PARIS - French commuters face traffic chaos Wednesday amid a national train strike called by trade unions in protest against a proposed railway reform aimed at containing the sector's soaring debt.
The 24-hour strike began on Tuesday evening, but its main impact will be felt on Wednesday with train links to other countries also hit, according to the SNCF state rail body.
Only one high-speed TGV out of two or three will run, and regional trains will also be affected, particularly in the busy Paris region.
Eurostar trains to and from London will run as normal, while three out of four Brussels- and Amsterdam-bound Thalys trains will be operational.
Trains to Germany will be unaffected, but those going to Spain will be disrupted.
"The number of strikers will be high, notably among ticket collectors and drivers," more than half of whom have said they are prepared to observe the strike, said SNCF human resources director Francois Nogue.
The state rail firm advised passengers to put off their travel if possible, and for those travelling in by road to consider car-pooling.
Traffic was already noticeably heavier than normal on the streets of Paris late Tuesday.
The strike takes place just one week before France's lower house examines the proposed railway reforms aiming to tackle the sector's soaring debt.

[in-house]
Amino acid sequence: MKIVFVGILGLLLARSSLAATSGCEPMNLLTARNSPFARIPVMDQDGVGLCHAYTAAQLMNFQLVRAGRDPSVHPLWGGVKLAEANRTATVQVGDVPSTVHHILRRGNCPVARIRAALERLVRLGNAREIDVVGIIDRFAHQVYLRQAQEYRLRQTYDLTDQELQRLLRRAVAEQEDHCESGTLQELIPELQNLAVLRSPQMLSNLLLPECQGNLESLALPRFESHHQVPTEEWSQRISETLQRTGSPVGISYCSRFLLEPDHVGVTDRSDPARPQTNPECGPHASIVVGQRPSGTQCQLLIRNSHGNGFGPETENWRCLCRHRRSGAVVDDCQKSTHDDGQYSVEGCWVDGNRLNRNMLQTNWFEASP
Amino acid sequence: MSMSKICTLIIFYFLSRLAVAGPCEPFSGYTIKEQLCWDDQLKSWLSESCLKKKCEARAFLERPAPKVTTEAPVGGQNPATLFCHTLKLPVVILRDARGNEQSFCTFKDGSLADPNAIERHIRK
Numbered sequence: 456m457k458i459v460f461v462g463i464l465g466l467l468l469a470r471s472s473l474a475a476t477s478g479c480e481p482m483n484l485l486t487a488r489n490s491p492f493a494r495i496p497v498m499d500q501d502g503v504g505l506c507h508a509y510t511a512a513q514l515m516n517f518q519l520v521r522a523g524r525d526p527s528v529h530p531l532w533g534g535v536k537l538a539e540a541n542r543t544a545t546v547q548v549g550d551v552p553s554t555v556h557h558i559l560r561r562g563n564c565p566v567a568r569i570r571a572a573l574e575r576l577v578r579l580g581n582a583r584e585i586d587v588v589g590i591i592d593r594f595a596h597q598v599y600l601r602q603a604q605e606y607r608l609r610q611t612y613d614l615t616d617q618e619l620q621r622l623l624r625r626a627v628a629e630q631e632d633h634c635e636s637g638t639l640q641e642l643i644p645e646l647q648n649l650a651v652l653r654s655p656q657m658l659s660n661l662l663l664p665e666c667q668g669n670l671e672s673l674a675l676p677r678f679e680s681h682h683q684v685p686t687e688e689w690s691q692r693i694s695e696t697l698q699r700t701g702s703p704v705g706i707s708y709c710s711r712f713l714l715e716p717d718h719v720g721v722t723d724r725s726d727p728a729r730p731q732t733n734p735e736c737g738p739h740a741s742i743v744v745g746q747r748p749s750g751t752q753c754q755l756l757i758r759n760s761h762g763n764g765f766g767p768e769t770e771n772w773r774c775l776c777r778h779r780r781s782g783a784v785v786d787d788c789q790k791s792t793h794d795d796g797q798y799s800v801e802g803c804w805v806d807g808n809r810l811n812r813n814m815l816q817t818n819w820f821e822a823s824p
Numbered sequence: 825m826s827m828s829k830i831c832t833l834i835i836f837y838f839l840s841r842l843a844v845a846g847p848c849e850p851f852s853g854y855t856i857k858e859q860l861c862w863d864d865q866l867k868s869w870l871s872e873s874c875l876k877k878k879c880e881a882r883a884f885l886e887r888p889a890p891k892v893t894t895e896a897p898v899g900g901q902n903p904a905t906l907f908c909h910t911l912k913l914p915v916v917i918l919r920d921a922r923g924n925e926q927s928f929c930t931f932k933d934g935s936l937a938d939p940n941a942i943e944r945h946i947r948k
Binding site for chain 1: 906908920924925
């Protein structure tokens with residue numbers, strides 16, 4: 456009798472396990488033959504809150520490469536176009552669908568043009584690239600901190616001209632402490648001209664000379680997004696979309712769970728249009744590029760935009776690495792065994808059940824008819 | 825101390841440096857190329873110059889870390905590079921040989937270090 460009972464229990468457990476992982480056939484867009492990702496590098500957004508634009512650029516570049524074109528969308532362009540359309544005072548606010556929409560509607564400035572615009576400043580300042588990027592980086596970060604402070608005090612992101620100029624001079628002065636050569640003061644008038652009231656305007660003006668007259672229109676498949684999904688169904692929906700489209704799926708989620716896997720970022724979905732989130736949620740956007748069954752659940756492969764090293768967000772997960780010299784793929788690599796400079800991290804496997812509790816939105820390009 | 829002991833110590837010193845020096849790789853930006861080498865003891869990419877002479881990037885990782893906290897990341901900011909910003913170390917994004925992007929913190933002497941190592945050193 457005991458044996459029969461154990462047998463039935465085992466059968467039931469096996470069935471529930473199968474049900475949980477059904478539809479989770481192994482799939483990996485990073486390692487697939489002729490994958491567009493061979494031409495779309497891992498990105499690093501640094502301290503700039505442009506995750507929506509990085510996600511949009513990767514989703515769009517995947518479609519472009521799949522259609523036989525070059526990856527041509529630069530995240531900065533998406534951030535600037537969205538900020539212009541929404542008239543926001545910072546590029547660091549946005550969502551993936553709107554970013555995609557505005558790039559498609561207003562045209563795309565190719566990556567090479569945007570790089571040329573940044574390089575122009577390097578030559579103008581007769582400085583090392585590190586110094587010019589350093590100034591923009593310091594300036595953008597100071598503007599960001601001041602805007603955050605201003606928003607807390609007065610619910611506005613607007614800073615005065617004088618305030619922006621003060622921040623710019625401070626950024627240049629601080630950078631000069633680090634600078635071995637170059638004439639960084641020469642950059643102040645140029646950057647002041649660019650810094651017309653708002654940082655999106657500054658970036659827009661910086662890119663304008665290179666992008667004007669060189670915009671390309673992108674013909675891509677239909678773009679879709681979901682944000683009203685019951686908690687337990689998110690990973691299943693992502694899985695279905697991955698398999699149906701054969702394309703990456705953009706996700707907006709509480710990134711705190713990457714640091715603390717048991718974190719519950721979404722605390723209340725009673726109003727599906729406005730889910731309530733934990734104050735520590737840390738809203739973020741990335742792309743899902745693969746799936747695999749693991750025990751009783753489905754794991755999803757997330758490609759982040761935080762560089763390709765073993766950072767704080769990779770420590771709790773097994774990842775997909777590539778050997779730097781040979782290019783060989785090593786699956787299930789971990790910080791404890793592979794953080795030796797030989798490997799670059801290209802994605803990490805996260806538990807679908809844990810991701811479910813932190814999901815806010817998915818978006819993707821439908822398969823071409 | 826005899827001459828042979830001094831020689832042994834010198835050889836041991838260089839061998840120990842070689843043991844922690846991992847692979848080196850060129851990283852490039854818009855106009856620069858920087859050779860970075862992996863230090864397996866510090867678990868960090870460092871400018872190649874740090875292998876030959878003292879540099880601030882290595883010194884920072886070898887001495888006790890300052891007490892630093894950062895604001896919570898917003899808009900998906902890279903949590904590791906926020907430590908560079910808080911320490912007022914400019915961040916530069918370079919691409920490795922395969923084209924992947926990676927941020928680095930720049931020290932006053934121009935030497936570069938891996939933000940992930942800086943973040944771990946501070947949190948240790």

Transport minister Frederic Cuvillier said Tuesday the railway sector's debt currently stood at more than 40 billion euros ($54 billion), and would likely soar to 80 billion euros by 2025 if nothing was done to stem it.
The unions which called the strike, however, feel that the measures included in the reform will not help rein in the debt.
The problems for commuters in the French capital Wednesday are exacerbated by a protest by taxi drivers in several European capitals, including Paris, against what they see as unfair and illegal competition from app-using car services such as Uber which have shaken up the taxi industry.
From London's black cabs to taxis in Rome, Paris, Berlin and Milan, chaos is expected in key European cities as traditional cabbies protest a rise in unlicensed drivers and chauffeur services that are chipping away at their client base.
California-based chauffeur car company Uber is the main target of the drivers' ire, but it is only one of many new smartphone-dependent car services seen as bypassing strict regulations faced by licensed drivers.
In France, there are now an estimated 10,000 vehicles and motorcycle taxis run by such non-traditional taxi firms. Drivers are only allowed to pick up passengers through prior reservation, not by hailing them in the street. Most notably, these operators don't have to shell out some 240,000 euros for a licence required by official taxi owners.
"Tomorrow I'm coming in on two wheels," said Didier, 34, who works at Paris Charles de Gaulle airport.
"With the taxis also on strike I can weave between the cars."